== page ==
The wide distribution of PFAS in Rockford and North Kent County has taken its toll on many households, and there are additional households that may be affected. It is incumbent upon the CAG to research the further pollution of soil and drinking water and to inform the citizens of these areas. It is also necessary that the CAG continue to work with governmental agencies to enforce actions when PFAS levels are higher than the maximum amount allowed in drinking water (MCL). Last year members of the CAG and others were successful in advocating for lowering the Michigan MCLs.

The work of the Wolverine CAG is not finished. It is very likely that more sites of contamination will be found. Private drinking water wells remain at risk and residents have a right to know about the risk of PFAS contamination of their wells and thus their drinking water. Without the efforts of the citizen-members of the CAG, educating residents and advocating for safe drinking water, progress would be much slower – if at all.

*PFAS are Per- and polyflouroalkyl substances that are man-made and used in industrial and commercial processes, particularly in products that are stain-resistant, waterproof, or non-stick https://www.epa.gov/pfas/basic-information-pfas). The PFAS that are most studied are perfluorooctanoic acid (PFOA) and perfluorooctanesullfonic acid (PFOS).

 

 

Reflection and Reassurance

Wolverine CAG Member Blog Post

The opinions expressed in the following blog post belong to the author and do not necessarily reflect the views of the Wolverine Community Advisory Group.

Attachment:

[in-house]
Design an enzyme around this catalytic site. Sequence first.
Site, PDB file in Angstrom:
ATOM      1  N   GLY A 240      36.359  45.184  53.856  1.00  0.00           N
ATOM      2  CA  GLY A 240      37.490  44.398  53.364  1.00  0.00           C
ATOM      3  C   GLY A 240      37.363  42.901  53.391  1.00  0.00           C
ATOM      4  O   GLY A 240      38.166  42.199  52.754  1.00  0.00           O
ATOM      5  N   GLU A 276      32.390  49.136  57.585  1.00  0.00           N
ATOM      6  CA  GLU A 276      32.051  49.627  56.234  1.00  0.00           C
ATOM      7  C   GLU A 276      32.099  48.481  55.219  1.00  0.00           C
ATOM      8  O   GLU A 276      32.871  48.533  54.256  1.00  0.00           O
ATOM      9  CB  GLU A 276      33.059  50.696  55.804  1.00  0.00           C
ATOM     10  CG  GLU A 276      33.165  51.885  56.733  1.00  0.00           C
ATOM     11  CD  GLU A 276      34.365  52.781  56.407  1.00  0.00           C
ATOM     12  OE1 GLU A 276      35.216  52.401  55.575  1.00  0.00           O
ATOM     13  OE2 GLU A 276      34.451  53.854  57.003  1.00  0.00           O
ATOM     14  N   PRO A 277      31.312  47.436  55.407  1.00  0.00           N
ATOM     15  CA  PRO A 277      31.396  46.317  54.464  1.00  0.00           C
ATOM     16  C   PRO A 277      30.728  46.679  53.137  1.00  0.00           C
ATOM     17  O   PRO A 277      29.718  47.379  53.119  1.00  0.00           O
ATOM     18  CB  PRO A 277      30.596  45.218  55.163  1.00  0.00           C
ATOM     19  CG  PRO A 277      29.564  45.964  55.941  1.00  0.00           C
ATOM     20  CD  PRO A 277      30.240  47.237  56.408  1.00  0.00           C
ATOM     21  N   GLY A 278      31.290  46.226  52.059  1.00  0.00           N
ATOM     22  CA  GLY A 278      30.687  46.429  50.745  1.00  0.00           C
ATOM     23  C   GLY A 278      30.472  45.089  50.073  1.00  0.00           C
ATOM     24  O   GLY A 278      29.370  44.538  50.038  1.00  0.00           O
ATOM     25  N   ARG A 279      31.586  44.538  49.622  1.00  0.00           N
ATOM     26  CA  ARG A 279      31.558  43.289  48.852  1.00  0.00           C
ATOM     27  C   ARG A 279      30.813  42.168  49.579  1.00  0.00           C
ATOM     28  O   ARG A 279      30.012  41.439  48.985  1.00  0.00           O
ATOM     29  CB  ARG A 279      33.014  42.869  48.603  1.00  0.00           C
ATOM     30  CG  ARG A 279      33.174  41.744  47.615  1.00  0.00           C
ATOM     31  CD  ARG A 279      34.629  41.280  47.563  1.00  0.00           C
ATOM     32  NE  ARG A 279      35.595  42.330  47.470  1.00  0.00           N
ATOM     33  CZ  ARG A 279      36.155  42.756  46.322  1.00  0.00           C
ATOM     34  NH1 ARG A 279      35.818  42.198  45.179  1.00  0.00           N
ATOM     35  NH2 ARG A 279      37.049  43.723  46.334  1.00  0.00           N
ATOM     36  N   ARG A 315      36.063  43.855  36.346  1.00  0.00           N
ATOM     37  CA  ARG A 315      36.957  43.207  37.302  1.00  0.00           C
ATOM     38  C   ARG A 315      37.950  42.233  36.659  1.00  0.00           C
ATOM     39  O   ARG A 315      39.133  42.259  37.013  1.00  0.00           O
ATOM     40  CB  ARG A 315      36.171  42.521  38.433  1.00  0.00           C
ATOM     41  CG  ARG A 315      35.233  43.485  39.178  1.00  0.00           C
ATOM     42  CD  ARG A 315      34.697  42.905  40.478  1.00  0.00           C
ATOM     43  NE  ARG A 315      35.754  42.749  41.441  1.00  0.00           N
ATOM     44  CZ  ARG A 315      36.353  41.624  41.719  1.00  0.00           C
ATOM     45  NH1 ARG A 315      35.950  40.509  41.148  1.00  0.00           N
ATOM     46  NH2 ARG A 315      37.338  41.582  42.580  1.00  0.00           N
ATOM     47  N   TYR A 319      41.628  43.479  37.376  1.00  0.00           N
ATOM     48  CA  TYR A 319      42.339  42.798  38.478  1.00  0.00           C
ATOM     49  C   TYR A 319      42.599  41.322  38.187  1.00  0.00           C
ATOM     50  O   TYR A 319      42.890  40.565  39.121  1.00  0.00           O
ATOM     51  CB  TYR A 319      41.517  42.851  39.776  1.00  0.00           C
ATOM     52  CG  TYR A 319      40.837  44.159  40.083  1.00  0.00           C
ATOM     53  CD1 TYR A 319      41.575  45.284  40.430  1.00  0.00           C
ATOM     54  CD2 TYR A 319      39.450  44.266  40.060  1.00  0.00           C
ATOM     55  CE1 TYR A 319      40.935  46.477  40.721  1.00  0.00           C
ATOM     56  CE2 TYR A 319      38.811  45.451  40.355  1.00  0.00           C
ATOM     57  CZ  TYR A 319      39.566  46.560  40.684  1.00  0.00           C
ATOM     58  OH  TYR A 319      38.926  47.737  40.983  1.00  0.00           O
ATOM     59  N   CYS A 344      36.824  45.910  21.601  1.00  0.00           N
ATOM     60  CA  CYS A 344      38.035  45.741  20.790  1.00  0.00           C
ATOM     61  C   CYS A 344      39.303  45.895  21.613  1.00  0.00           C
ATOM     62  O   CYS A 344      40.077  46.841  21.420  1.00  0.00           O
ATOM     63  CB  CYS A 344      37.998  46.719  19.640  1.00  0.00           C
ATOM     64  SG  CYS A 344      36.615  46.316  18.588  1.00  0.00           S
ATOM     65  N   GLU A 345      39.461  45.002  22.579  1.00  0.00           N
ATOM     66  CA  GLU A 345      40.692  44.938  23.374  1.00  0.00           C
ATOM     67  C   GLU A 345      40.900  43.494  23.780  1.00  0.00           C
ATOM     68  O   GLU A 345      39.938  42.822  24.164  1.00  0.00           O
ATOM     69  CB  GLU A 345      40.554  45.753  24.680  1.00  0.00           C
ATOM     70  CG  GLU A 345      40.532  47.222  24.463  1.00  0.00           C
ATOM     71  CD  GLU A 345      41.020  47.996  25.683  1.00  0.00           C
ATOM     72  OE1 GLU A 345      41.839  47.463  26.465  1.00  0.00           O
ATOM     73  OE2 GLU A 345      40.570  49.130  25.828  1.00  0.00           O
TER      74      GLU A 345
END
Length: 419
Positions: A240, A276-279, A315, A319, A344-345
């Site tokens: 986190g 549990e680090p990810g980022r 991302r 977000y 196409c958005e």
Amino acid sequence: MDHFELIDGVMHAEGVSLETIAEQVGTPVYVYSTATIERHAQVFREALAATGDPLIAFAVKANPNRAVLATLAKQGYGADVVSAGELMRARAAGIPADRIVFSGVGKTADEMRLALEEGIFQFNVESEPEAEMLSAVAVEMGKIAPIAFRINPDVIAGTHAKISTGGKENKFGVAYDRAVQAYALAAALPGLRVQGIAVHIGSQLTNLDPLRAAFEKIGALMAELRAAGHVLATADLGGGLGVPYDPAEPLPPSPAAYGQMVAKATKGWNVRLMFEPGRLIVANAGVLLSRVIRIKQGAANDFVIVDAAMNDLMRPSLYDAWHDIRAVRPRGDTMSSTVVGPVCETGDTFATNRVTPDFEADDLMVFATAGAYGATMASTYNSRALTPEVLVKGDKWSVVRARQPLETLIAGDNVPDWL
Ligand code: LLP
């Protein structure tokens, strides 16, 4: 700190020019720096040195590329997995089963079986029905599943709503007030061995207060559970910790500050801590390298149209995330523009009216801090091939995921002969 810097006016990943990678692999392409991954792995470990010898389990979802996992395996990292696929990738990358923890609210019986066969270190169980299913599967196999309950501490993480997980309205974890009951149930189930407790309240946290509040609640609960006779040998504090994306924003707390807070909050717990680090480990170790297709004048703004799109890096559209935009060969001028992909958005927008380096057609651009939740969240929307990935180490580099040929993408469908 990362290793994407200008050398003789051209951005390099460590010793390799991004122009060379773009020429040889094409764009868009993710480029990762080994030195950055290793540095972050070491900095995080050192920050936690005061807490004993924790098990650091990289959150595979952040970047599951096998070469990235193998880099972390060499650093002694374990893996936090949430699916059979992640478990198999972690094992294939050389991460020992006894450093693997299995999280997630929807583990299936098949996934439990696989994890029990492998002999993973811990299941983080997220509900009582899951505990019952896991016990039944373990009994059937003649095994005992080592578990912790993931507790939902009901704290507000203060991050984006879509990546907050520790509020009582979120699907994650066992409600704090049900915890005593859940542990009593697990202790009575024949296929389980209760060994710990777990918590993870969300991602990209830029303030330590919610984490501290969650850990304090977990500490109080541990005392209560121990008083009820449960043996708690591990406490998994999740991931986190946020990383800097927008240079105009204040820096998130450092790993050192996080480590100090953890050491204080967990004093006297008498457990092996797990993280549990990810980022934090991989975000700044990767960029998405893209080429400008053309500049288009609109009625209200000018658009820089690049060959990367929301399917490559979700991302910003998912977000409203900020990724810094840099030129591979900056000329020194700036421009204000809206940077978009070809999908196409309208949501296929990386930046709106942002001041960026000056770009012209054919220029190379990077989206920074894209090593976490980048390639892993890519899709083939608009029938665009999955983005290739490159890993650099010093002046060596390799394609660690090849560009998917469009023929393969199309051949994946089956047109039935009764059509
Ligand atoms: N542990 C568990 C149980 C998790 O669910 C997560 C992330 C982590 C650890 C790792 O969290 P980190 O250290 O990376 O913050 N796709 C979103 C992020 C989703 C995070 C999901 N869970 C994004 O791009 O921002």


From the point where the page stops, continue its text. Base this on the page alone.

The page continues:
by Carol Butts

I want to send my prayers out to everyone that they stay safe and healthy. One of the toughest things in 2020 is dealing with a pandemic while also trying to weather the waters of the long term PFAS health and environmental crisis. Being a part of the community action group (CAG) is a nice way to promote environmentally friendly goals to rejuvenate development for healthier living. Like many others, I have had to refocus and contend with immediate issues hitting us all, everywhere imaginable.  Both PFAS and the COVID-19 virus pandemic affect each of us differently in many ways and unpredictably. Current attentions must turn to meet immediate needs as we face serious threats to our children’s futures, their education, their livelihoods, our work lives, financial stability, personal health, and family health. For many, loss of social structures that normally bring a sense of security, strength, and community are vastly interrupted. What is comforting to know is that together we will weather this storm and once this short-term fight is over, we will still be here, as a PFAS CAG, with the common goal to support our community welfare for this and future generations.

All the best,

Carol Butts, MPH

MiPEHS, a Study of PFAS Effects on Health, Gets Underway

Wolverine CAG Member Blog Post

The opinions expressed in the following blog post belong to the author and do not necessarily reflect the views of the Wolverine Community Advisory Group.

by Tammy Bergstrom

The Wolverine Community Advisory Group (CAG) continues to meet monthly throughout the COVID-19 pandemic. Meetings (via Zoom) are open to the public and include updates on various activities stemming from the PFAS contamination in Rockford and Belmont.

At a recent meeting, Michigan Department of Health and Human Services toxicologist Joost van ‘t Erve provided an overview of the upcoming Michigan PFAS Exposure and Health Study (MiPEHS), which is now underway.